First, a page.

Limitation of lowland riverine bacterioplankton by dissolved organic carbon and inorganic nutrients
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Flow regulation in lowland rivers has reduced the amount of allochthonous dissolved organic carbon (DOC) entering main channels through less frequent wetting of benches, flood runners and floodplains. The hypothesis tested was that lowland riverine bacterioplankton are DOC limited when flow events are absent and simulating an increase in assimilable DOC similar to that expected during an environmental flow will lead to heterotrophic dominance. Experiments took place in the Namoi River, a highly regulated lowland river in Australia. Specifically, in situ microcosms were used to examine the responses of bacterioplankton and phytoplankton to various additions of DOC as glucose or leaf leachate, with and without additions of inorganic nutrients. The results indicated that ambient DOC availability limited the bacterioplankton for the three seasons over which we conducted the experiments. When DOC was added alone, dissolved oxygen concentrations decreased primarily because of increased bacterial respiration and bacterioplankton growth generally increased relative to controls. Additions of DOC alone led to a pattern of decreased chlorophyll a concentration relative to controls, except for willow leachate. Additions of inorganic nutrients alone increased chlorophyll a concentrations above controls, indicating limitation of phytoplankton. These findings support our hypothesis. Based on the present results, environmental flows should increase the duration of allochthonously driven heterotrophic dominance, thus shifting regulated lowland rivers to more natural (pre-regulation) conditions for greater periods.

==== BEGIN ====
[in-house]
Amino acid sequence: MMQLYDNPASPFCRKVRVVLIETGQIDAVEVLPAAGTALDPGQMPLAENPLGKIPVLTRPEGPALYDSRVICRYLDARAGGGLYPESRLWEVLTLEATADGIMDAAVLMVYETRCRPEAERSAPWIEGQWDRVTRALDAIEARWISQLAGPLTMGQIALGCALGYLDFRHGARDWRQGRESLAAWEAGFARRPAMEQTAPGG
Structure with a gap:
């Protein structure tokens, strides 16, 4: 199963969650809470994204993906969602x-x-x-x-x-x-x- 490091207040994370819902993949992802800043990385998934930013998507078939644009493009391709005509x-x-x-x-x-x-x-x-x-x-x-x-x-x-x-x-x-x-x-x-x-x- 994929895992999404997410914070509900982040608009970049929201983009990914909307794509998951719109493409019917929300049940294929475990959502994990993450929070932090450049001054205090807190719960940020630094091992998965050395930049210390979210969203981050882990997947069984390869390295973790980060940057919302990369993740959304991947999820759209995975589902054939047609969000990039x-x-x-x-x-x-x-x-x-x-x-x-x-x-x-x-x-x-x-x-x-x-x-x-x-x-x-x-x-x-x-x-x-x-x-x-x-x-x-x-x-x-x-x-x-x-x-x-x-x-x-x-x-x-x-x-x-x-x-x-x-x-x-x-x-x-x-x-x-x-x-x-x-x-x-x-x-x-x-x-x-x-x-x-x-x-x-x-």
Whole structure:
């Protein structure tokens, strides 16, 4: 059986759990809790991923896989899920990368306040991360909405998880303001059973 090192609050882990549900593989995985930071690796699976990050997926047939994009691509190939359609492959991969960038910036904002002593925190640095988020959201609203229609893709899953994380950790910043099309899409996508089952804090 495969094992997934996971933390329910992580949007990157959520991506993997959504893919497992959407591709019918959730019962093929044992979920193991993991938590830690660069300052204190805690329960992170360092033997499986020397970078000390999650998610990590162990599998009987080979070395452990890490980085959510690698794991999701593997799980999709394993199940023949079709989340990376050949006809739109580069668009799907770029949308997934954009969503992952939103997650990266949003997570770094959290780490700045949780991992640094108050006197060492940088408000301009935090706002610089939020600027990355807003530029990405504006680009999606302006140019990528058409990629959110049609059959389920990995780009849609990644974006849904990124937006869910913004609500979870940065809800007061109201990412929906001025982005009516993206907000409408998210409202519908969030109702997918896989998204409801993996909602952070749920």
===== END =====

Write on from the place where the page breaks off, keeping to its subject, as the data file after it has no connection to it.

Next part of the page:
KeywordsBacterioplankton Dissolved organic carbon Limitation River Flow regulation Microcosms PERMANOVA
This work was funded by the NSW Government’s Integrated Monitoring of Environmental Flows Program. Dr. John Brayan, Adam Crawford and staff of the NSW Office of Water laboratory are thanked for analysis of water quality parameters. Thanks also to James Hitchcock (UTS) for assisting with the determination of bacterial abundance. The valuable comments and suggestions from two anonymous reviewers are greatly appreciated.
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